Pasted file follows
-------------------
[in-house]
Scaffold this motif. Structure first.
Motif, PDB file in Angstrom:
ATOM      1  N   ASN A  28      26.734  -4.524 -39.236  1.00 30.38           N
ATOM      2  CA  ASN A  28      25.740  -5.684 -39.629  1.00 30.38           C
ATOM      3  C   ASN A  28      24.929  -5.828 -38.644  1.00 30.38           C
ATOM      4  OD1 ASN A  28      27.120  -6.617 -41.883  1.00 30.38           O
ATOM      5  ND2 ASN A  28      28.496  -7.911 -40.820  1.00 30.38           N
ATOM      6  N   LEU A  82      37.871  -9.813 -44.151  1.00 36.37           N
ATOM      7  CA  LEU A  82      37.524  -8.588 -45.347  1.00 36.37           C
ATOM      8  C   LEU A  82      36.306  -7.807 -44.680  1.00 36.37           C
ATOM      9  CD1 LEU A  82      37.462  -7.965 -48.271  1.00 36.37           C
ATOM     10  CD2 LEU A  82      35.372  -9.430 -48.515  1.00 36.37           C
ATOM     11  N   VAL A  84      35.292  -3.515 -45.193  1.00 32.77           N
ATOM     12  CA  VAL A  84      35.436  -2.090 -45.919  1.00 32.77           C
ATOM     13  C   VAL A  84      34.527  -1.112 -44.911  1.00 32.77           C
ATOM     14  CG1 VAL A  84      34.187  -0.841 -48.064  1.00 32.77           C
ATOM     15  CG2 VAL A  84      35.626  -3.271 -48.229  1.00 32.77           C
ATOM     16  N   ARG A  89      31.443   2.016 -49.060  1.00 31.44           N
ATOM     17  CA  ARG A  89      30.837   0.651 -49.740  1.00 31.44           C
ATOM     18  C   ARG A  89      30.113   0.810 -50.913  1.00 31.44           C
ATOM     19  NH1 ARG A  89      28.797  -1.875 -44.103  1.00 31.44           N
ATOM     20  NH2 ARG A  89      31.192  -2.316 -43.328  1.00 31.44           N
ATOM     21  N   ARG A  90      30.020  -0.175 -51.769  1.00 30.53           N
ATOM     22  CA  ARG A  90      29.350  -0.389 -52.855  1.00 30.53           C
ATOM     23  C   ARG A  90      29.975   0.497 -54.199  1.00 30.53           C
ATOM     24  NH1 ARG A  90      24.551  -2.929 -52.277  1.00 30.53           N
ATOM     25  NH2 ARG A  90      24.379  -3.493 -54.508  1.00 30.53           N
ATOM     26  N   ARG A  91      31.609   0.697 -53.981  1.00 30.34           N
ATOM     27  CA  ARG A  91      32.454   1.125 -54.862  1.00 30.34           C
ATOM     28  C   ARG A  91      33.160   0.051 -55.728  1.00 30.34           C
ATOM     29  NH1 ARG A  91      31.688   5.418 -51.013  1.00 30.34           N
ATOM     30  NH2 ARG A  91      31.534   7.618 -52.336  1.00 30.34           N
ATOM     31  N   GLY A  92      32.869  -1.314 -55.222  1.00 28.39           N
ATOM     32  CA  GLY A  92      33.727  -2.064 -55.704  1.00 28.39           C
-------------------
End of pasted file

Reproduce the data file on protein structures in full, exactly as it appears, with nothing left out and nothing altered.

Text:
[in-house]
Scaffold this motif. Structure first.
Motif, PDB file in Angstrom:
ATOM      1  N   ASN A  28      26.734  -4.524 -39.236  1.00 30.38           N
ATOM      2  CA  ASN A  28      25.740  -5.684 -39.629  1.00 30.38           C
ATOM      3  C   ASN A  28      24.929  -5.828 -38.644  1.00 30.38           C
ATOM      4  OD1 ASN A  28      27.120  -6.617 -41.883  1.00 30.38           O
ATOM      5  ND2 ASN A  28      28.496  -7.911 -40.820  1.00 30.38           N
ATOM      6  N   LEU A  82      37.871  -9.813 -44.151  1.00 36.37           N
ATOM      7  CA  LEU A  82      37.524  -8.588 -45.347  1.00 36.37           C
ATOM      8  C   LEU A  82      36.306  -7.807 -44.680  1.00 36.37           C
ATOM      9  CD1 LEU A  82      37.462  -7.965 -48.271  1.00 36.37           C
ATOM     10  CD2 LEU A  82      35.372  -9.430 -48.515  1.00 36.37           C
ATOM     11  N   VAL A  84      35.292  -3.515 -45.193  1.00 32.77           N
ATOM     12  CA  VAL A  84      35.436  -2.090 -45.919  1.00 32.77           C
ATOM     13  C   VAL A  84      34.527  -1.112 -44.911  1.00 32.77           C
ATOM     14  CG1 VAL A  84      34.187  -0.841 -48.064  1.00 32.77           C
ATOM     15  CG2 VAL A  84      35.626  -3.271 -48.229  1.00 32.77           C
ATOM     16  N   ARG A  89      31.443   2.016 -49.060  1.00 31.44           N
ATOM     17  CA  ARG A  89      30.837   0.651 -49.740  1.00 31.44           C
ATOM     18  C   ARG A  89      30.113   0.810 -50.913  1.00 31.44           C
ATOM     19  NH1 ARG A  89      28.797  -1.875 -44.103  1.00 31.44           N
ATOM     20  NH2 ARG A  89      31.192  -2.316 -43.328  1.00 31.44           N
ATOM     21  N   ARG A  90      30.020  -0.175 -51.769  1.00 30.53           N
ATOM     22  CA  ARG A  90      29.350  -0.389 -52.855  1.00 30.53           C
ATOM     23  C   ARG A  90      29.975   0.497 -54.199  1.00 30.53           C
ATOM     24  NH1 ARG A  90      24.551  -2.929 -52.277  1.00 30.53           N
ATOM     25  NH2 ARG A  90      24.379  -3.493 -54.508  1.00 30.53           N
ATOM     26  N   ARG A  91      31.609   0.697 -53.981  1.00 30.34           N
ATOM     27  CA  ARG A  91      32.454   1.125 -54.862  1.00 30.34           C
ATOM     28  C   ARG A  91      33.160   0.051 -55.728  1.00 30.34           C
ATOM     29  NH1 ARG A  91      31.688   5.418 -51.013  1.00 30.34           N
ATOM     30  NH2 ARG A  91      31.534   7.618 -52.336  1.00 30.34           N
ATOM     31  N   GLY A  92      32.869  -1.314 -55.222  1.00 28.39           N
ATOM     32  CA  GLY A  92      33.727  -2.064 -55.704  1.00 28.39           C